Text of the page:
Protecting Culture: A Review of Huang’s World

Unnumbered Television Review #1



Fresh Off The Boat was a YouTube cooking show hosted by Eddie Huang. In 2015 Eddie Haung’s book of the same name was turned in to a sitcom on ABC and for legal reasons they had to change the name of the cooking show to Huang’s World, which is what I will be reviewing today.

Huang’s World is a truly interesting cooking show. The aforementioned host, Eddie Huang, mixes political and cultural discussions with food and travel. Each episode Eddie and his crew travel to a different city or country, like Jamaica or New York or Taiwan, and they explore the culture of that area through the lens of food.

Eddie Haung comes from and immigrant background and that really shines through in the show. He seems to love to hear and show the stories of people from different cultures. In the seventh episode of the second season, Eddie travels to Chengdu, the capital of Sichuan, located in southwestern China. In Chengdu Eddie visit’s Yu’s Family Kitchen, a local Chengdu restaurant, while he’s there Eddie sits down to a dinner with the head chef, Yu Bo and discusses the state of Chengdu. Throughout the episode Eddie takes us around Chengdu and shows us the enthusiastic industrial expansion of Chengdu by it’s government and voices some concern about what that expansion is doing to the culture and traditions of Chengdu. When Eddie sits down with Chef Yu Bo, Bo expresses some concerns of his own,

“I don’t think China is fusing well now. It has its issues. I am witnessing the slow loss of memory and tradition. I feel frustrated. Let’s drink. To frustrated to talk about it.”

The entire episode is about the industrial expansion of Chengdu and people’s thoughts on it. In the beginning of the episode, Eddie and a friend, Rabbie, go to Jinli, a tourist center that replicates parts of the old city of Chengdu. Eddie disparages the need for such places and expresses remorse over the fact that so much of the culture and tradition of Chengdu is being torn down to make way for modernization.

At the end of the episode, Huang talks about the Chinese Identity,

“What’s important for the future of China is that we maintain the string, the through line from the beginning of our culture and civilization to the future. And it doesn’t mean no outside influence, it doesn’t mean build a wall, it just means don’t forget who you are.”

Protecting cultural traditions is an important cause to Eddie and is a common theme on the show. Huang gives people on the show a chance to be honest about their lives. Almost every guest featured on Huang’s world seems to be as authentic as possible. No matter what shape their lives are they open their door to Huang and you get to see their world through his eyes.

In season two, episode two, Eddie goes to Detroit and visit’s Allen Hill, a man staying in an abandoned Packard Plant, living off of food donated at a soup kitchen and homemade “mystery meat” and yogurt. In season two, episode five Eddie travels to Shanghai and meets Qiuxiang Wang, a street food vendor who shows him her apartment where she prepares food (grilled skewers) for her business. Qiuxiang Wang works for eight hours to prepare her food during the day and then sells it for the next eight hours over night. In the first episode of the first season, Eddie goes to the San Francisco Bay Area and hunt’s rabbits with a biker gang and Eddie gets a close up look at killing animals.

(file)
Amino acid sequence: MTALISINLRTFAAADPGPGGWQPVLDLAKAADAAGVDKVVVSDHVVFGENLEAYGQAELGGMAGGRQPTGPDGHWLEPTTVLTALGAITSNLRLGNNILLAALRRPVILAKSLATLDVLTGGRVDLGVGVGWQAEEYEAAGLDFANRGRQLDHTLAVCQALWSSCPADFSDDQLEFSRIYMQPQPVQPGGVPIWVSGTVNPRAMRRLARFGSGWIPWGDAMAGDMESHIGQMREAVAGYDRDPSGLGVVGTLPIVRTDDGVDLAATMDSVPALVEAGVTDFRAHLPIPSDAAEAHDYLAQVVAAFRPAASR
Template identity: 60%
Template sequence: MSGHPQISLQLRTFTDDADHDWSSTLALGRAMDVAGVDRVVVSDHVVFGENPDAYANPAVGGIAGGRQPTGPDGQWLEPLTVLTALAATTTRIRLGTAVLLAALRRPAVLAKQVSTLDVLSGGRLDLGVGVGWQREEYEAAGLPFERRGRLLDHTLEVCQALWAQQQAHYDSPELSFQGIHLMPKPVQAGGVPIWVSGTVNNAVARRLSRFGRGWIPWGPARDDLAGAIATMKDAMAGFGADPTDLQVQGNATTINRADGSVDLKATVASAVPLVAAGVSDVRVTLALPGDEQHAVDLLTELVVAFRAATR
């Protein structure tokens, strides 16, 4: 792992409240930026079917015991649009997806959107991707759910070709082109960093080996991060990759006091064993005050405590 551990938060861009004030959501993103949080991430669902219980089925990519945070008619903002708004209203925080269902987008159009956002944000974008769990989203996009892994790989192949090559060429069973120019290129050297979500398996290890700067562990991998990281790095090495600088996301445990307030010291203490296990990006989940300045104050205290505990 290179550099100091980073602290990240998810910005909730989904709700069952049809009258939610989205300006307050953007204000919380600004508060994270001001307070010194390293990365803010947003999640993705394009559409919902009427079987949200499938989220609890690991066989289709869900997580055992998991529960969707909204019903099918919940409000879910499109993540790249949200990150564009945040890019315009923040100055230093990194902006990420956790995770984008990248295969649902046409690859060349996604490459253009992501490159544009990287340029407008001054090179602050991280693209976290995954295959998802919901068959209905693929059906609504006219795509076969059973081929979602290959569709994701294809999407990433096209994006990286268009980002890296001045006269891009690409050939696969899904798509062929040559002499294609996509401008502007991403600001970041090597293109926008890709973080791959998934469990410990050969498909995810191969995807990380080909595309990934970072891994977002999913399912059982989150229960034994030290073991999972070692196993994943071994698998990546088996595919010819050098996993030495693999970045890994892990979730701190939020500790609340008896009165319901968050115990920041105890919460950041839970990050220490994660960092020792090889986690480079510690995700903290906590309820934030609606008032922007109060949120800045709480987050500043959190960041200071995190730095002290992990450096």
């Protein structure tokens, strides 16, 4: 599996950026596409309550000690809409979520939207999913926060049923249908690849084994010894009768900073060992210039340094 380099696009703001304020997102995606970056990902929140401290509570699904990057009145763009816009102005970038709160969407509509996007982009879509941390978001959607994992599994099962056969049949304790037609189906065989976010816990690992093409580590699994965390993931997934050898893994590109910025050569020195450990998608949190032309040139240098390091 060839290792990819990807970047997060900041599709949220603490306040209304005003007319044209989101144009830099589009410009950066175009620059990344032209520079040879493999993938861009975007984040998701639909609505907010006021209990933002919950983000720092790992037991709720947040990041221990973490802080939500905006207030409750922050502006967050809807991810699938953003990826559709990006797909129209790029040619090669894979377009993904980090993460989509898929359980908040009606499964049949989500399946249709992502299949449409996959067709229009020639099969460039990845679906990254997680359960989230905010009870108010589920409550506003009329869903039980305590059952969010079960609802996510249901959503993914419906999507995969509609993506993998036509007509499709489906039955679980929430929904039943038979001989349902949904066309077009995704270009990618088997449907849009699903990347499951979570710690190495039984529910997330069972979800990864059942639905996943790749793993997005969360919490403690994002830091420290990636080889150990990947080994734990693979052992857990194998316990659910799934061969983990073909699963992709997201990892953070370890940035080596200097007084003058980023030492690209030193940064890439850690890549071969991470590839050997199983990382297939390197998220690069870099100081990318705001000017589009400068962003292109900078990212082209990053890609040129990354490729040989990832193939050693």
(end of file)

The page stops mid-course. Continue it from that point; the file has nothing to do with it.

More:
In all of the episodes of Huang’s World we get to see how people different from us and different from each other get to live. But not everything on the show is perfect. Sometimes I feel like Eddie is a bit too militant on social issues and a bit too enthusiastic to seek them out and discuss a solution. Sometimes while watching the show you just enjoy seeing the different cultures without railroading a social issue into the episode.

But overall the series is great. One of the most fascinating parts of the show is that it is not just a periodical. It’s not just a television show that gives you a new city every week to explore, although at first it seems that way, but over the course of the three season series a narrative develops. The narrative of a man stuck between two cultures (Chinese and American) struggling to create an identity, unsure of how to balance the two cultures or of which side to land on. A man who uses this television show to explore different cultures and find out what is important about life so he can bring it back home and become a more well rounded person. And, the culmination of this struggle and this search when, in season three, episode eight when Eddie travels to China and is brought to tears by the taste of, the most famous Hunan dish of all time and the most seminal dish in his life, Red Cook Pork.


When this moment happened, in my opinion, the show went from good to great, the show went from and eight to a ten. Because before the moment, the show was about a charming man who explores fascinating culture, but after this happens the show is personal and emotional and there is something very real for the audience to connect to.

Please go watch this series even if you didn’t read this entire blog post, it is fascinating, it is emotional and it is very entertaining. I’ve been following Eddie Huang’s career for a while now and I love almost everything he does.

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